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Respondents also argue that there would be a presumption against them as they pursue their administrative appeals because of the very existence of the Secretary's instructions and her formal ruling and thus that exhaustion would not fully vindicate their claims. The history of this litigation as recited to us by respondents belies that conclusion. Indeed, according to respondents themselves, in every one of 170 claims filed with ALJs between the time of the Secretary's instructions to her intermediaries and the filing of this lawsuit, before the formal ruling became effective, ALJs allowed recovery for BCBR claims. Brief for Respondents 3. In promulgating the formal ruling, the Secretary took pains to exempt from the scope of the ruling individuals in respondents' position who may have had the surgery relying on the favorable ALJ rulings. 45 Fed.Reg. 71427 (1980). Although respondents would clearly prefer an immediate appeal to the District Court, rather than the often lengthy administrative review process, exhaustion of administrative remedies is in no sense futile for these respondents, and they, therefore, must adhere to the administrative procedure which Congress has established for adjudicating their Medicare claims. [Footnote 12]
"The findings and decisions of the Secretary after a hearing shall be binding upon all individuals who were parties to the hearing. No findings of fact or decision of the Secretary shall be reviewed by any person, tribunal, or governmental agency except as herein provided. No action against the United States, the Secretary, or any officer or employee thereof shall be brought under section 1331 or 1346 of title 28 to recover on any claim arising under this subchapter."
The Court's mistaken analysis of Ringer's claim stems from its failure to recognize that the jurisdictional limitation in § 205(h) refers only to actions "to recover on any claim arising under this subchapter" -- claims that are within the jurisdictional grant in § 205(g). Section 205(h) is simply inapplicable to a claim that cannot be asserted in an action under § 205(g), and hence does not preclude the assertion of jurisdiction over such a claim under § 1331.
There is yet another fundamental reason why § 205(h) does not preclude Ringer's claim. Section 205(h) precludes only actions "to recover" on a claim arising under the Social Security Act. That language plainly refers to an action in which the claimant seeks payment of benefits. Indeed, as I observed
above, Salfi stressed that the claimant in that case sought the payment of benefits. [Footnote 2/20] Today's majority finds § 205(h) applicable because Ringer "is clearly seeking to establish a right to future payments should he ultimately decide to proceed with BCBR surgery." Ante at 466 U. S. 621. If Ringer were seeking payment of benefits, this might well be a different case, but that is plainly not what he seeks. Ringer seeks a declaration that the Secretary's BCBR rule is invalid and an injunction against its operation. He alleges that it is the "irrefutable presumption" contained in the rule -- which denies administrative law judges discretion to decide in a hearing under § 205(b) whether BCBR is reimbursable -- that prevents him from having the operation. [Footnote 2/21] Ringer disavows any desire to obtain a judicial determination that benefits must be paid to him. Brief for Respondents 6-7. Thus, Ringer is not seeking "to recover." Instead he seeks an injunction against this "irrefutable presumption." Such an injunction would not result in the payment of benefits, but merely remove the hurdle to his having the operation, since, under those circumstances, his physician would have some hope of obtaining reimbursement through the administrative process. [Footnote 2/22]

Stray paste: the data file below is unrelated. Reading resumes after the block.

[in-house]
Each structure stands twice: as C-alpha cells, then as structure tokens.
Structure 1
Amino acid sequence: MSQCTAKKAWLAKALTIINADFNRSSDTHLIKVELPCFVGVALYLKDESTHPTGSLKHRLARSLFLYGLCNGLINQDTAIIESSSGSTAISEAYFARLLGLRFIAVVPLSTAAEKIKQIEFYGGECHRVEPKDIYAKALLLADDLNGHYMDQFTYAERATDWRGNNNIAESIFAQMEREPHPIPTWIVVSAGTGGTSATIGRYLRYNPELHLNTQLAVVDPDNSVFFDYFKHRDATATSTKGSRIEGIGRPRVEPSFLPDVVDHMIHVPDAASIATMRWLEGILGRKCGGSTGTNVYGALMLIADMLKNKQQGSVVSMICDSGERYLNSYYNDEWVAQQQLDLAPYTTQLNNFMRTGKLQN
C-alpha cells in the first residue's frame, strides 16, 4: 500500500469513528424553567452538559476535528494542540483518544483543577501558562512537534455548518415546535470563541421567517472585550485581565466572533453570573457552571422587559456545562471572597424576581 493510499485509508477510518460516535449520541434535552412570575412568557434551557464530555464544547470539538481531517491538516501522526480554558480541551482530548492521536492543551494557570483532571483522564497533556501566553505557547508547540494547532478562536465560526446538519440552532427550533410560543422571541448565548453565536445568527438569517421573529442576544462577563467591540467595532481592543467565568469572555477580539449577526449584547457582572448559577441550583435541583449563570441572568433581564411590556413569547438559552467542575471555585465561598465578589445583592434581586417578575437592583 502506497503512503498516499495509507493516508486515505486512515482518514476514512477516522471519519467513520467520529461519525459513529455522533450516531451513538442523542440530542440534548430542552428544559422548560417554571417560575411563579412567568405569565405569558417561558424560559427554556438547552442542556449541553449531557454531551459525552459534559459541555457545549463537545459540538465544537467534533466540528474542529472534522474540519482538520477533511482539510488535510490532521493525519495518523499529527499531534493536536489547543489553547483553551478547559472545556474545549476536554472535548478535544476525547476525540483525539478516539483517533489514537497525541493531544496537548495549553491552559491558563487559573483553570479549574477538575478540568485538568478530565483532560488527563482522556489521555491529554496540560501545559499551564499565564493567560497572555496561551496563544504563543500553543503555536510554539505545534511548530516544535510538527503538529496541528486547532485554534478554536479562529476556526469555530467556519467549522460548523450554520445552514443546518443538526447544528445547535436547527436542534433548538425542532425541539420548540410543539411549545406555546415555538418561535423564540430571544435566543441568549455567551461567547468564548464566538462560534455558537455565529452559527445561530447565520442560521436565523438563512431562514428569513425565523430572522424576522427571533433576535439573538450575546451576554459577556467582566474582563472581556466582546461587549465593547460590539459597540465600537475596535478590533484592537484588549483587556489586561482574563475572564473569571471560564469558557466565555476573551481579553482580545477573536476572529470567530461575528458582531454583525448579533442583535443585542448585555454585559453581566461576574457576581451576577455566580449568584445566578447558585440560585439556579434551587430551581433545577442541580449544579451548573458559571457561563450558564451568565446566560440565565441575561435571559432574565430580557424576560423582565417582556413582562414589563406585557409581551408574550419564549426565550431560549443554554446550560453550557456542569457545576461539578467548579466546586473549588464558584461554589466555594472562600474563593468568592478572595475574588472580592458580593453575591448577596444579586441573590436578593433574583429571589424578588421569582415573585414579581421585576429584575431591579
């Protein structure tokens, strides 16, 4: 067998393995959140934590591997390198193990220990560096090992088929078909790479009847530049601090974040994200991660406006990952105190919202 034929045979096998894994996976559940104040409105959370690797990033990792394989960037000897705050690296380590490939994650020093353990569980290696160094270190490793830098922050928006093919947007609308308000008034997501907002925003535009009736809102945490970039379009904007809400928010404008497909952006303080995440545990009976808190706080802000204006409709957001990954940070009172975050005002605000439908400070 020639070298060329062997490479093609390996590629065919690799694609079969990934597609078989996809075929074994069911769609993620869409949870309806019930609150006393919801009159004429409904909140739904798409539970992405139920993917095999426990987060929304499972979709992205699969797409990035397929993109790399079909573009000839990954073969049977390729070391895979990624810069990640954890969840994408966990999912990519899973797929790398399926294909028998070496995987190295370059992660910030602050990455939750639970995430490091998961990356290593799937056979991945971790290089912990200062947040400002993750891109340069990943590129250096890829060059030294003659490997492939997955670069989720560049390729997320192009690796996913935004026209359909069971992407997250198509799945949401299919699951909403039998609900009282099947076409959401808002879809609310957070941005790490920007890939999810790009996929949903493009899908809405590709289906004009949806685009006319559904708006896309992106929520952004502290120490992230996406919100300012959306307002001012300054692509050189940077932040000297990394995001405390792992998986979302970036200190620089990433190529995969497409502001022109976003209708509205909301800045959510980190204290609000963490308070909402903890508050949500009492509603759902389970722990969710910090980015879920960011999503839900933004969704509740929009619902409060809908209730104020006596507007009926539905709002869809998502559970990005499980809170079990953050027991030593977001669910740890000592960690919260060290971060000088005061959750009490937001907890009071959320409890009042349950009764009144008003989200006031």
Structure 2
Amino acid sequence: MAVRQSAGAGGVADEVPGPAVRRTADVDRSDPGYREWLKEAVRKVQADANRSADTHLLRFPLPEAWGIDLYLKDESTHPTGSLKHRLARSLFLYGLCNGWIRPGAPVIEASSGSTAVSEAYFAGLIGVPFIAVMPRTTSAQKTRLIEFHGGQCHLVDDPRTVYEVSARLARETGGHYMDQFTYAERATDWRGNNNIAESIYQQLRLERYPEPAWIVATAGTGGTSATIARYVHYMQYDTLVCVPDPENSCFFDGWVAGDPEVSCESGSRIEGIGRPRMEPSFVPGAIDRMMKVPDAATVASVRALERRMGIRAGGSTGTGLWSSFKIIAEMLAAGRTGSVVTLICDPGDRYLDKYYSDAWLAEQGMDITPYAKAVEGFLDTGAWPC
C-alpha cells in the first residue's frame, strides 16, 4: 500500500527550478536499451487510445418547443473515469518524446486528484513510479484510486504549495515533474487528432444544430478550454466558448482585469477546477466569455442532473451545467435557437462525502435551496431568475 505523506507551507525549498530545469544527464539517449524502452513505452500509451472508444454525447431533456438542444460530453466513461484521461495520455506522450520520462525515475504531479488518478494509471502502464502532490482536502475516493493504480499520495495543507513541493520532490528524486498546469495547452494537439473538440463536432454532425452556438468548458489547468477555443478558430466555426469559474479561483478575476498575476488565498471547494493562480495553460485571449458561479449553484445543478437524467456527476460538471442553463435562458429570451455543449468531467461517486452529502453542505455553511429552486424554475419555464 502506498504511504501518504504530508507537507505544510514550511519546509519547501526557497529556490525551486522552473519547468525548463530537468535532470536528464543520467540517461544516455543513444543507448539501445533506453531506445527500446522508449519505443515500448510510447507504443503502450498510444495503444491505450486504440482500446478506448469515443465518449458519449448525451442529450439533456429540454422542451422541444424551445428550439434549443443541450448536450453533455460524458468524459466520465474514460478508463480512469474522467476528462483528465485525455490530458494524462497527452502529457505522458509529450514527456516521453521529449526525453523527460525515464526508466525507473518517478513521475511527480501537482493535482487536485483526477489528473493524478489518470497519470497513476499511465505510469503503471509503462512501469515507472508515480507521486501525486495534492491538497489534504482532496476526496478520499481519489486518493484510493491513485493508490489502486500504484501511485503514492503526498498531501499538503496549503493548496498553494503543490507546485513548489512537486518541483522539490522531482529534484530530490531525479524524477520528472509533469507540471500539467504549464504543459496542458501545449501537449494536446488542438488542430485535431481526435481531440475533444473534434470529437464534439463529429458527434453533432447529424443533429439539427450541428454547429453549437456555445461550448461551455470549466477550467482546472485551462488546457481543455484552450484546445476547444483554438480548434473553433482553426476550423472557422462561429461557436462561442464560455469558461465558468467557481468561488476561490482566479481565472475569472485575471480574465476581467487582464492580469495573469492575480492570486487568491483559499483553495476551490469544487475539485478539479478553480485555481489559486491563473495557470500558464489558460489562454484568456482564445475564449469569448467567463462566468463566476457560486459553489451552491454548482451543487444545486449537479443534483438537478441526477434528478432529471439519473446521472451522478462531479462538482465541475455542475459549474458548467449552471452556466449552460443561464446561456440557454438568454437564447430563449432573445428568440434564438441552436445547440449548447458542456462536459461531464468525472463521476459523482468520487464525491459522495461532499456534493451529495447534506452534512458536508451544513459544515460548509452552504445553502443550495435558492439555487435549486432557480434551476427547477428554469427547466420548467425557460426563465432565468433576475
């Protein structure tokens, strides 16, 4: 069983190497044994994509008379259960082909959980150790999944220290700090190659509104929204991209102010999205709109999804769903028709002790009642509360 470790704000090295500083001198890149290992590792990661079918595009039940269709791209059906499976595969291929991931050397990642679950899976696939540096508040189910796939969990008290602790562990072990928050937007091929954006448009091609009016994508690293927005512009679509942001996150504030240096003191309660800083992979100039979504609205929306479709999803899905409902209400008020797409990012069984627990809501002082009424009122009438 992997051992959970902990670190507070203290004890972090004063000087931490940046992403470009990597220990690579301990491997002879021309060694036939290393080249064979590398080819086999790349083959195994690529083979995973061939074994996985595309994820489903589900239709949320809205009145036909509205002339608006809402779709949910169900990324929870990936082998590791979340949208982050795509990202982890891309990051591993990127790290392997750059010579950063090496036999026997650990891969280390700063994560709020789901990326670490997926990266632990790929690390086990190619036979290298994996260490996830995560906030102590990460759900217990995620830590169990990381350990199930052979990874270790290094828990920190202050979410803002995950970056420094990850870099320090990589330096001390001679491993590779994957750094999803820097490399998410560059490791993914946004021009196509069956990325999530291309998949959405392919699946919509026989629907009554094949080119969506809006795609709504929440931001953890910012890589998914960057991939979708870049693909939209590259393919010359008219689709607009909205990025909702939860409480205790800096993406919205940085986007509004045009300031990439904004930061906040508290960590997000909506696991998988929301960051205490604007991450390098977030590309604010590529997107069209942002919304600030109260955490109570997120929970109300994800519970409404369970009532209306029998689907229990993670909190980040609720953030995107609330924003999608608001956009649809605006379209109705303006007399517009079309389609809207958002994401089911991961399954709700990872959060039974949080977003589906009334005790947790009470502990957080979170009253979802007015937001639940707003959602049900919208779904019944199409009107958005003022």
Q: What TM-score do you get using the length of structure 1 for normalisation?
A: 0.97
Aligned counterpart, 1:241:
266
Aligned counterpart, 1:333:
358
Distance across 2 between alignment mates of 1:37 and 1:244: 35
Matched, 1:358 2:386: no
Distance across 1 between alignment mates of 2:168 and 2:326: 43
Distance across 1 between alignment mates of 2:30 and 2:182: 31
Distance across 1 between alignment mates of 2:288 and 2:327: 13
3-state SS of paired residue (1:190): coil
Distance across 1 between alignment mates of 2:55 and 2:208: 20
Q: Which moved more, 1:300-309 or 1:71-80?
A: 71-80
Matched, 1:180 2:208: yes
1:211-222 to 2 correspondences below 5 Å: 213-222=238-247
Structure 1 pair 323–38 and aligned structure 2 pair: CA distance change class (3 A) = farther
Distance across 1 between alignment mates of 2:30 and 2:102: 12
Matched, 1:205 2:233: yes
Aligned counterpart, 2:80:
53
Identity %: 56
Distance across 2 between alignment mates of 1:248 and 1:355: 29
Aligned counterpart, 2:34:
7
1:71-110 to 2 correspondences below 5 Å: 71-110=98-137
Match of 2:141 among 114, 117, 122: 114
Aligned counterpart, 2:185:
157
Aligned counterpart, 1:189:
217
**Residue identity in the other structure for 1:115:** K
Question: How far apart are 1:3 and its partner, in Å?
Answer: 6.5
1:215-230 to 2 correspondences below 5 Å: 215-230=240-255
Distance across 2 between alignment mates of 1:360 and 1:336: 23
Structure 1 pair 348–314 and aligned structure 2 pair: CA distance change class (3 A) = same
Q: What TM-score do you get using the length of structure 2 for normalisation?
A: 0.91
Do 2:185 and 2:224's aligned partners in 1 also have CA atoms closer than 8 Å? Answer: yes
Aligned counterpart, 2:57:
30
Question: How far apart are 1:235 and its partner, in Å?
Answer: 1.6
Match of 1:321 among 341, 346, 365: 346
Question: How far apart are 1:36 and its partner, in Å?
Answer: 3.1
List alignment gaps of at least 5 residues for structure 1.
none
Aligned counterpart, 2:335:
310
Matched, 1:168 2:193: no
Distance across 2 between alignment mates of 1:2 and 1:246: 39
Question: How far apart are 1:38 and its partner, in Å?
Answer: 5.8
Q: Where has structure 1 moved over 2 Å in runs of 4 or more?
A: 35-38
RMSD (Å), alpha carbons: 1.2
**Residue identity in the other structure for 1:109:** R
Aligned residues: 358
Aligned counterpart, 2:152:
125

Ringer does not seek payment of benefits under the Medicare Act, but rather to challenge a rule that prevents him from ever filing a claim for reimbursement under that Act. Therefore I would hold that Ringer is not seeking "to recover on a claim" under the Social Security Act, and hence federal jurisdiction over his claim is not barred by § 205(h) of that Act. Moreover, even if § 205(h) applied here, I would not require Ringer to pursue administrative review which is manifestly futile. Accordingly, while I concur in the Court's disposition of the claims asserted by the respondents who have had BCBR surgery, I respectfully dissent from its disposition of respondent Ringer's claim.
"The findings and decisions of the Secretary after a hearing shall be binding upon all individuals who were parties to such hearing. No findings of fact or decision of the Secretary shall be reviewed by any person, tribunal, or governmental agency except as herein provided. No action against the United States, the Wecretary, or any officer or employee thereof shall be brought under sections 1331 or 1346 of title 2 to recover on any claim arising under this subchapter."
The Court's analysis is confined to the question whether Ringer's action is one "arising under" the Medicare Act; it never attempts to construe the immediately preceding words in § 205(h): "any claim to recover." See ante at 466 U. S. 621-624. The majority thereby is able to attack a straw man, since, by focusing only on the words "arising under," it avoids the question of how Ringer can have "any claim to recover arising under" that Act when he cannot submit any claim for Medicare benefits because he cannot afford the operation. Since Ringer cannot have the operation and is not seeking reimbursement, he has nothing on which he can recover. When the statute is read as a whole, the flaw in the Court's analysis becomes apparent.
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